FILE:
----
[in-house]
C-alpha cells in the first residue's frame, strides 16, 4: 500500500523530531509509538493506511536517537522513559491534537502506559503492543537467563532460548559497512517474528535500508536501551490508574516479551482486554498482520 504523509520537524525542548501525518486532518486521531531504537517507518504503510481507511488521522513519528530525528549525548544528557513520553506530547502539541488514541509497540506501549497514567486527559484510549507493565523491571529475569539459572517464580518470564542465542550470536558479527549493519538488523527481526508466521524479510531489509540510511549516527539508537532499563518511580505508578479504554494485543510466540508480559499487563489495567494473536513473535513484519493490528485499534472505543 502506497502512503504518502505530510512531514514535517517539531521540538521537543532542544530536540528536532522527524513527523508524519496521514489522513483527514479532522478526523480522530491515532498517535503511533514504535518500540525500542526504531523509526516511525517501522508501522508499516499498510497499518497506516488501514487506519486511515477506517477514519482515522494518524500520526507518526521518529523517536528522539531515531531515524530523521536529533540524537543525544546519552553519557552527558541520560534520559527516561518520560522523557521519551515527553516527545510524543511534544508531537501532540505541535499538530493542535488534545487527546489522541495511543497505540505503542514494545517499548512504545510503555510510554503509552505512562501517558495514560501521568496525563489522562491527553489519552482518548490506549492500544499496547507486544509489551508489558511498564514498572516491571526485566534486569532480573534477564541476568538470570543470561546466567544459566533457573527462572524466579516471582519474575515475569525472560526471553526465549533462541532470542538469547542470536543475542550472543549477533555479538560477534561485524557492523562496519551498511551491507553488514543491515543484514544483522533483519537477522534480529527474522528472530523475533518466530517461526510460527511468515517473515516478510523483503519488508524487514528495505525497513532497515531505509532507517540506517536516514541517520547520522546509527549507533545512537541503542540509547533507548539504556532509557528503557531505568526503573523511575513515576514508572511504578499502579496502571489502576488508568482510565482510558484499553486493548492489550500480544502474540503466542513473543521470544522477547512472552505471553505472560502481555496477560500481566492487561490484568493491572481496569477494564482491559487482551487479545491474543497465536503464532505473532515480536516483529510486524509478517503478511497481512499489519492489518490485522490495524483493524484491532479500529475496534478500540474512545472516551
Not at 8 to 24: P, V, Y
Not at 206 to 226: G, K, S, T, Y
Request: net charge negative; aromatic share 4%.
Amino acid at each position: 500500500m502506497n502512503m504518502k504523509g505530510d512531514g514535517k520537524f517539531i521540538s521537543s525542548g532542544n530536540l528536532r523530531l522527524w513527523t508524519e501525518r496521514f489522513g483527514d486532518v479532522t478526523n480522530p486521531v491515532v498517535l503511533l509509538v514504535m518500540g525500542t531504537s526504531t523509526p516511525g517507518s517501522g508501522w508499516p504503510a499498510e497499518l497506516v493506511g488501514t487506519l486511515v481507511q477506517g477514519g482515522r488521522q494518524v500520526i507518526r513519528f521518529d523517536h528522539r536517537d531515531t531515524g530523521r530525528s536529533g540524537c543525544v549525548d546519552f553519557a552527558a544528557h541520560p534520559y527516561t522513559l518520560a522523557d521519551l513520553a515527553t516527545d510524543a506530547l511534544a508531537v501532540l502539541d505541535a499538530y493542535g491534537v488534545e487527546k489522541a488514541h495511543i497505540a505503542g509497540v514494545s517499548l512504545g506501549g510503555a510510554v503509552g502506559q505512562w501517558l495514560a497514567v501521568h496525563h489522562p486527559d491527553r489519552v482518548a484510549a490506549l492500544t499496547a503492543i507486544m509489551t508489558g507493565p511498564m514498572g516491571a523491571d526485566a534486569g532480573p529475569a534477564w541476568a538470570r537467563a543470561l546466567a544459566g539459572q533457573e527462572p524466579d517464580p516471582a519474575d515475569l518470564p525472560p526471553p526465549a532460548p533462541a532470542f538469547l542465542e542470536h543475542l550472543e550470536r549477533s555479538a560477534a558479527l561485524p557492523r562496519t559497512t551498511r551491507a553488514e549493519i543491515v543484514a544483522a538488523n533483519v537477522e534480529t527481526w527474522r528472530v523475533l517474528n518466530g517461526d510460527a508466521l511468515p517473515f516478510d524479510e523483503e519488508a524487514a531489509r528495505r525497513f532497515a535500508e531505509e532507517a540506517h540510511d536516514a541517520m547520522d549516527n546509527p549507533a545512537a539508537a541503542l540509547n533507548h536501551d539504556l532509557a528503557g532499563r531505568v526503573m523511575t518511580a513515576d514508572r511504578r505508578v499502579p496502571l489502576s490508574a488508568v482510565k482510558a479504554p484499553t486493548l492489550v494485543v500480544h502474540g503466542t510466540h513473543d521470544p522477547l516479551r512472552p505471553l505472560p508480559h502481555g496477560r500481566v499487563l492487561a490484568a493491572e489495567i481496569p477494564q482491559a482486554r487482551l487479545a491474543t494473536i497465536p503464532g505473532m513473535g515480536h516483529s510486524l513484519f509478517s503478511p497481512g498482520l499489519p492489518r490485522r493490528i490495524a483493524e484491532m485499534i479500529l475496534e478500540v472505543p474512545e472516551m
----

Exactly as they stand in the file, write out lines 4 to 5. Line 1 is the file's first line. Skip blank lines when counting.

Not at 206 to 226: G, K, S, T, Y
Request: net charge negative; aromatic share 4%.